Caring for Orchids Over-Wintering and Resting
Caring for Orchids
Over-Wintering and their Resting Period
An orchid, for example needs to ‘rest’. An orchid is resting when it exhibits the least root and top growth activity, usually during the winter, and the degree of rest it requires varies considerably in this group of widely differing vegetative types. This makes it totally impossible to provide hard and fast rules. In one genus, for example, the species can vary one from the other in their needs.
The resting period often corresponds to the dry and either warm or cool period of the orchid plant’s own native climate. The ideal method for resting orchids is to have a resting house or resting section at least, but for only a small mixed collection grown all under one roof. There is usually a cooler end to a greenhouse or orchid house and this can be used to great advantage by placing the resting plants in this particular area.
Plants without pseudo-bulbs or tubers must not be rested as they are always active to some extent, and they do not have the food and moisture storage facilities provided by these specific parts of the plant. Examples of this type of orchid includes the slipper orchid, paphiopedilum, and the masdevallias. Vandas and aerides and other similar types of orchids, which have a continuously upward growing stem, regularly have thick fleshy leaves, which in nature are no doubt provided in order that the plant is able to resist drought. These plants should receive just sufficient water to keep the sphagnum moss fresh on the compost surface.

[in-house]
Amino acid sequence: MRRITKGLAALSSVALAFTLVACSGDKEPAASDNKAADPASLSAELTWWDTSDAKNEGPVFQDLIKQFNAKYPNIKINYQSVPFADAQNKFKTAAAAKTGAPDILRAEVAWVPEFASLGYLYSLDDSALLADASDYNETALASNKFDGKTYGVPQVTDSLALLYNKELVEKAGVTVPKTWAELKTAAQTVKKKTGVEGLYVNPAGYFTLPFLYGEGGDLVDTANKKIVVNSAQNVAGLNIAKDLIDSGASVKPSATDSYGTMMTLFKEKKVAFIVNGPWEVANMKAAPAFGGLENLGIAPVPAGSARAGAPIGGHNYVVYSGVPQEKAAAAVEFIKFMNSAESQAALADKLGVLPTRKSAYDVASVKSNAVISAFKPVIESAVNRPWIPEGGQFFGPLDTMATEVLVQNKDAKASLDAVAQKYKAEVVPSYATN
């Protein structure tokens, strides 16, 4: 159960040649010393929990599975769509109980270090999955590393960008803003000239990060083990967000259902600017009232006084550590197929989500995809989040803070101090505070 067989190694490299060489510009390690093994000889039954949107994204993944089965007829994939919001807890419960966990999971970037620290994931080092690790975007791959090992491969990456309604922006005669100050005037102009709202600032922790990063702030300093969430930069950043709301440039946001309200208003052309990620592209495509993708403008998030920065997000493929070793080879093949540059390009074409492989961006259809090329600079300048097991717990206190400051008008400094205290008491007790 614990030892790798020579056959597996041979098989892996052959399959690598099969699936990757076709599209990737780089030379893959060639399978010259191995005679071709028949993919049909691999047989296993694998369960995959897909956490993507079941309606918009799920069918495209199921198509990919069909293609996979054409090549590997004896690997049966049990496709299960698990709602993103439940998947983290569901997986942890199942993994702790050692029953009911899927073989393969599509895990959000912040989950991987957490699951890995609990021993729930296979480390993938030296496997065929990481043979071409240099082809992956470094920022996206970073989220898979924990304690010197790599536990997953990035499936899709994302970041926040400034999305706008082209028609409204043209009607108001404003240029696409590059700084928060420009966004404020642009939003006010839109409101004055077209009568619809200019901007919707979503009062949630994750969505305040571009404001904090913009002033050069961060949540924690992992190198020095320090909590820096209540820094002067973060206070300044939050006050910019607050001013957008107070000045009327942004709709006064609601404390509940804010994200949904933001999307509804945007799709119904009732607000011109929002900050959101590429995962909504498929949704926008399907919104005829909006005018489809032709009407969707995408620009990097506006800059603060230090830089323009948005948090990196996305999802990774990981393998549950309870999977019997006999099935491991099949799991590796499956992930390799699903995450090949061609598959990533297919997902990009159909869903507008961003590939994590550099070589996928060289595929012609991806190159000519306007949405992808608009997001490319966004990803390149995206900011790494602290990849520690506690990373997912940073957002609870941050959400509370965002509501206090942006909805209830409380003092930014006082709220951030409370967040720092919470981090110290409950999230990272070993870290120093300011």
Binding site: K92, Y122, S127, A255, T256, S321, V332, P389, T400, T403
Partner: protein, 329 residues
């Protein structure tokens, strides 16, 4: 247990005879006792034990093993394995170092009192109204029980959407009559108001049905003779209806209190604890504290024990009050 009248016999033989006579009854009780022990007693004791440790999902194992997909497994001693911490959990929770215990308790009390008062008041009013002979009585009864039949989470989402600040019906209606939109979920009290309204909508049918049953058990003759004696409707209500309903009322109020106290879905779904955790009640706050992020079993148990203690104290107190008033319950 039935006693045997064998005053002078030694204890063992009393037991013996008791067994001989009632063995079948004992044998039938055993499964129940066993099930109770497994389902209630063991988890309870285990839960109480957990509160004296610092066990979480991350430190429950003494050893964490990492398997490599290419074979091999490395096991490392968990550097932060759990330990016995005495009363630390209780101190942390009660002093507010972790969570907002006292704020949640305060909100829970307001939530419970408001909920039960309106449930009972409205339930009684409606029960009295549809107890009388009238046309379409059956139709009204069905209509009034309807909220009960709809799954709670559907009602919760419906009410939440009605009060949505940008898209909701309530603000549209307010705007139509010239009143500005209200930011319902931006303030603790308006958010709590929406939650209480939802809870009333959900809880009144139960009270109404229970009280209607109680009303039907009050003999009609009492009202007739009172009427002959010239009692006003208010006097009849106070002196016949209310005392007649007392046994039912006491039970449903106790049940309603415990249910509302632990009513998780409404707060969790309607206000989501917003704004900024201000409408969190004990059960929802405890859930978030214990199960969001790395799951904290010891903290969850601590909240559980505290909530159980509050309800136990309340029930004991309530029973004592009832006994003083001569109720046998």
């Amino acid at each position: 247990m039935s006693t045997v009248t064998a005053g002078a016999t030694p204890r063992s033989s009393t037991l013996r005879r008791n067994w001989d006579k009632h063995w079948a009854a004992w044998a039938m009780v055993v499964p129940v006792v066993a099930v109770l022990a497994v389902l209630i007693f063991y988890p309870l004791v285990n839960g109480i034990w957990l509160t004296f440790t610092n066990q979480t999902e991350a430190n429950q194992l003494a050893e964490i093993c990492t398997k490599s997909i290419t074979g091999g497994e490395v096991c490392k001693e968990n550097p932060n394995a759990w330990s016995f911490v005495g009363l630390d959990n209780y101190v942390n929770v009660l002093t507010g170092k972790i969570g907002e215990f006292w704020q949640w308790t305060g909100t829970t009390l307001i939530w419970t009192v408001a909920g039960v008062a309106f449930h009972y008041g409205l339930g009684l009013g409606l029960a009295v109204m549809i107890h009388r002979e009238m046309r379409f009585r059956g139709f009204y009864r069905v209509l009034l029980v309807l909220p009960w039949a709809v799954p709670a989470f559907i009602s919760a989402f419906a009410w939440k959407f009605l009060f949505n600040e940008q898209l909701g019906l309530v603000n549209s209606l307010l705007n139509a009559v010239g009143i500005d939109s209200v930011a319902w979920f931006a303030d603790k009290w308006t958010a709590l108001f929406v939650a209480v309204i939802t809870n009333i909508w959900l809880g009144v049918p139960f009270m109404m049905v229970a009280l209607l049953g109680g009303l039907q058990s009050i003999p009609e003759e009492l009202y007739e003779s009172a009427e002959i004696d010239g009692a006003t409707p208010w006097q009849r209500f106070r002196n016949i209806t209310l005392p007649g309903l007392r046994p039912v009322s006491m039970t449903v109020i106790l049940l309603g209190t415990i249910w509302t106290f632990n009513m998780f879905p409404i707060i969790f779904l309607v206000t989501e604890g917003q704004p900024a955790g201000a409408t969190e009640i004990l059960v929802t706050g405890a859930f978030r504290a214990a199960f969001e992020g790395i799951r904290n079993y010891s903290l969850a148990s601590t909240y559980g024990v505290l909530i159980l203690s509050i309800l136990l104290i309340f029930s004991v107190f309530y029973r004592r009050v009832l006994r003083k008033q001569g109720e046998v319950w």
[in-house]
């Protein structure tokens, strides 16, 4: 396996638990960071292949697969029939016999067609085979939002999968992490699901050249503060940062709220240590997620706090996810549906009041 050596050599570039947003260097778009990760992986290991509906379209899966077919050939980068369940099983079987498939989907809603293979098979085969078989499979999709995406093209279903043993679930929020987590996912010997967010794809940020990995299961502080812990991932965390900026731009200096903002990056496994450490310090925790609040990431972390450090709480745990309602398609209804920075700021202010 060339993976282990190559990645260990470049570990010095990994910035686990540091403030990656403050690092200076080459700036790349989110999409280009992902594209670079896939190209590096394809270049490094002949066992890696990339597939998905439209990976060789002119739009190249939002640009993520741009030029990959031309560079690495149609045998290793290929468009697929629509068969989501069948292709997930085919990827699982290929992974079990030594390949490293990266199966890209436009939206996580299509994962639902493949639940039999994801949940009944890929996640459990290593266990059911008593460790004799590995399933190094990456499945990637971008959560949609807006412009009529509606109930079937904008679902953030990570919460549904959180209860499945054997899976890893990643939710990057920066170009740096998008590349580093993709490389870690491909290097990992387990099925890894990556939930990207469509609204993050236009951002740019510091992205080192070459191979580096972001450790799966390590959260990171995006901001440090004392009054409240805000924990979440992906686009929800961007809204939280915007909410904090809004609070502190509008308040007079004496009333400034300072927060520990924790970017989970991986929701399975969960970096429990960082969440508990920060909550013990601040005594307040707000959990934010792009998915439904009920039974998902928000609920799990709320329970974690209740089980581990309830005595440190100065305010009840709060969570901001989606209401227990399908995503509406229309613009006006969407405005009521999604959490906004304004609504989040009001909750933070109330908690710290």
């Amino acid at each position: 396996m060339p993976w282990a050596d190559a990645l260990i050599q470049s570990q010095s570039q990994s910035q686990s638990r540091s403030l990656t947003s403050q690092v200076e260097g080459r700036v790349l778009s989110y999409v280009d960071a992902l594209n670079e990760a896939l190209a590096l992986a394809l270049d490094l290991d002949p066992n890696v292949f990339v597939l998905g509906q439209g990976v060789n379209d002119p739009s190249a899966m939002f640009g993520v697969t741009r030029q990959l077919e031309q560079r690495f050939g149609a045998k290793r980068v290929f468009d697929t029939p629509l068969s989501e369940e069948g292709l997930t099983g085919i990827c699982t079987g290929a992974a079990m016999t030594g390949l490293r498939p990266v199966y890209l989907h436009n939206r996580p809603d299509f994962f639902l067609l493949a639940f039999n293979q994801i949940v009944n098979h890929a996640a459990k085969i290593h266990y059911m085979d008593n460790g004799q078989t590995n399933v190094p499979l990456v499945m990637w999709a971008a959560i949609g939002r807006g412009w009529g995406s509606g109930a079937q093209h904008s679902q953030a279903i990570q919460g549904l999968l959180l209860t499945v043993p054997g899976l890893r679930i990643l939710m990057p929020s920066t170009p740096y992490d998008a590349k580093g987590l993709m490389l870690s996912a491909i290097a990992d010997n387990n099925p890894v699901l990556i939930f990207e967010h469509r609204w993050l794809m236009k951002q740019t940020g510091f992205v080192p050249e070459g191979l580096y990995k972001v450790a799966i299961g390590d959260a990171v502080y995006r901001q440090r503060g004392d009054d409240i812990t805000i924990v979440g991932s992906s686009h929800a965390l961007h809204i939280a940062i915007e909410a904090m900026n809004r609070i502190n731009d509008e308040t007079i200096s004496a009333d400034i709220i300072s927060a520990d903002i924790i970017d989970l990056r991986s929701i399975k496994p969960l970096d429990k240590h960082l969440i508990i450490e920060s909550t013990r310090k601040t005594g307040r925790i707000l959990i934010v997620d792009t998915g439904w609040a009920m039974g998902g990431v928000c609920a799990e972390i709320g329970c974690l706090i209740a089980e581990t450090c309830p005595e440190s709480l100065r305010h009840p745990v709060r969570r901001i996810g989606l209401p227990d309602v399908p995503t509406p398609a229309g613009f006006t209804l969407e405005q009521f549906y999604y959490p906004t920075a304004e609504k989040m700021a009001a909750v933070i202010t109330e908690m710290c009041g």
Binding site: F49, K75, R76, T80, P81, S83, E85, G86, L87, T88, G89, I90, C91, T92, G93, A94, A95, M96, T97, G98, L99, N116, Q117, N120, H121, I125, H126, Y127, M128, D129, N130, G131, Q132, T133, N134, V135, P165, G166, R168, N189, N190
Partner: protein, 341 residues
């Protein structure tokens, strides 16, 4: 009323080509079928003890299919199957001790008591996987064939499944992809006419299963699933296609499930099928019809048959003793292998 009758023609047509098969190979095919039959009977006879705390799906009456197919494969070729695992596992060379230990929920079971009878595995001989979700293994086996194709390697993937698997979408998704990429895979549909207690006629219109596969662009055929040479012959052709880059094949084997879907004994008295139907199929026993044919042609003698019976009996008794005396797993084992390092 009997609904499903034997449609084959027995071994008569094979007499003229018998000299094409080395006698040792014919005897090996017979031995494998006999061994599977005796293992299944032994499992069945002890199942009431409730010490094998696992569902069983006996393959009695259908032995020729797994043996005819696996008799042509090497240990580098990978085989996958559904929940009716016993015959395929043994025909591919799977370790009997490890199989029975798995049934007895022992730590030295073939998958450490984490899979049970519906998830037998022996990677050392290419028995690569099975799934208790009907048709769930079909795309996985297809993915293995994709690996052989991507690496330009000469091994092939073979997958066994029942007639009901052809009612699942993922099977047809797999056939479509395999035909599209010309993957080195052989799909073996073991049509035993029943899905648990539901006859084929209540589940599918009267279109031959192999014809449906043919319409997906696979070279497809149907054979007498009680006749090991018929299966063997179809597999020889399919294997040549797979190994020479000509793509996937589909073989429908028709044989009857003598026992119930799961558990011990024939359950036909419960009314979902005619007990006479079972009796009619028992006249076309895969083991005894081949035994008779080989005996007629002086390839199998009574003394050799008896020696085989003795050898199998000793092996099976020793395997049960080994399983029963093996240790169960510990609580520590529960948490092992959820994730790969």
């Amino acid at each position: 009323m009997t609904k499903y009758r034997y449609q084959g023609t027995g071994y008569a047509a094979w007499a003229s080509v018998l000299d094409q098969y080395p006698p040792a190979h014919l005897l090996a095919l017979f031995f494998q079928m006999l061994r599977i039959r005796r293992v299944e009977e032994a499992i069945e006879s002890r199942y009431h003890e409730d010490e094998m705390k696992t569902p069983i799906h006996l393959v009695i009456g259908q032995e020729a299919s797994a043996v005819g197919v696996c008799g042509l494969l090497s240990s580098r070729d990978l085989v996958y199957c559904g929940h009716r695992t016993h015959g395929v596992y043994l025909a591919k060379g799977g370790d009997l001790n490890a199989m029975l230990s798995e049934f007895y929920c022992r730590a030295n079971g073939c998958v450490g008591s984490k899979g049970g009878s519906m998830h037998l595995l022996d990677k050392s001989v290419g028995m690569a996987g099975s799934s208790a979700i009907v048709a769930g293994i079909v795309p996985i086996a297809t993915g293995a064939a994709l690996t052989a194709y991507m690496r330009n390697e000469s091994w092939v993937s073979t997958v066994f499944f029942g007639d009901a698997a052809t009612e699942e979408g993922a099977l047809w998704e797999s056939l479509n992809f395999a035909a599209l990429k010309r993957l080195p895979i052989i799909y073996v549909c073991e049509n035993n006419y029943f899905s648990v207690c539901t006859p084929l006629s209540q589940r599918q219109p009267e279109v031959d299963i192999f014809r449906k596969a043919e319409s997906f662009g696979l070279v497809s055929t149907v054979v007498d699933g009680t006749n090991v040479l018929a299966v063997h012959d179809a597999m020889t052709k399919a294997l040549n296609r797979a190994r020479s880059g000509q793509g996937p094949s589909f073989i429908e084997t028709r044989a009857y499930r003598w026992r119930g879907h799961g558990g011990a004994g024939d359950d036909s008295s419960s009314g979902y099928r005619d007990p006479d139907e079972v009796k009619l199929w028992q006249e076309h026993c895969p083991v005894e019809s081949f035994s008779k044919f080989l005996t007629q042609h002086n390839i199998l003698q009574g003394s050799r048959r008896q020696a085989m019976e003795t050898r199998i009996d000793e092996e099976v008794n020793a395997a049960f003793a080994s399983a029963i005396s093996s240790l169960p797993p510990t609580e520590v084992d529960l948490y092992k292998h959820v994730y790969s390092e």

In general, all young seedlings which haven’t flowered, should be watered during all seasons, with due consideration given to the weather – this is vital in the caring for orchids routine. Other types of orchids with pseudo-bulbs or tubers will require to be rested during the winter — generally, the harder the leaf or bulb, the longer and drier the rest they require. Those types of orchids that are deciduous or semi-deciduous, require a more pronounced rest, for example, in the genus Dendrobium, the Dendrobium nobile and Dendrobium wardianum types in particular, will take a longer rest than the evergreen types of orchids such as Dendrobium thrysifolium. Most cattleyas and laelias and their hybrids too, need several weeks rest after they have flowered. Always keep a look out in case the pseudo-bulbs start shrivelling; a little shrivelling can be tolerated but this should never be so extreme that it affects the leading pseudo-bulb. Odontoglossums need not be rested in the same way as cattleyas, as a certain amount of moisture should always be present to some extent, except for very short periods.
An orchid house or greenhouse containing a small mixed collection of orchid plants, will normally have a lower winter temperature and this will help to provide the natural conditions that are required for resting. Attention must mainly be given to the frequency of watering the orchid plants. Careful observation of the individual plant will be the only way of checking this, and failure to rest may induce soft, weak, winter growths, which is always a setback for the orchid plant, and it subsequently takes a long time to regain its former vigour. While reducing the moisture in the atmosphere of the greenhouse should be a standard winter practice, avoid extreme conditions as an excess of dry heat can produce undue shrivelling of the pseudo-bulbs.
Discover more about caring for orchids: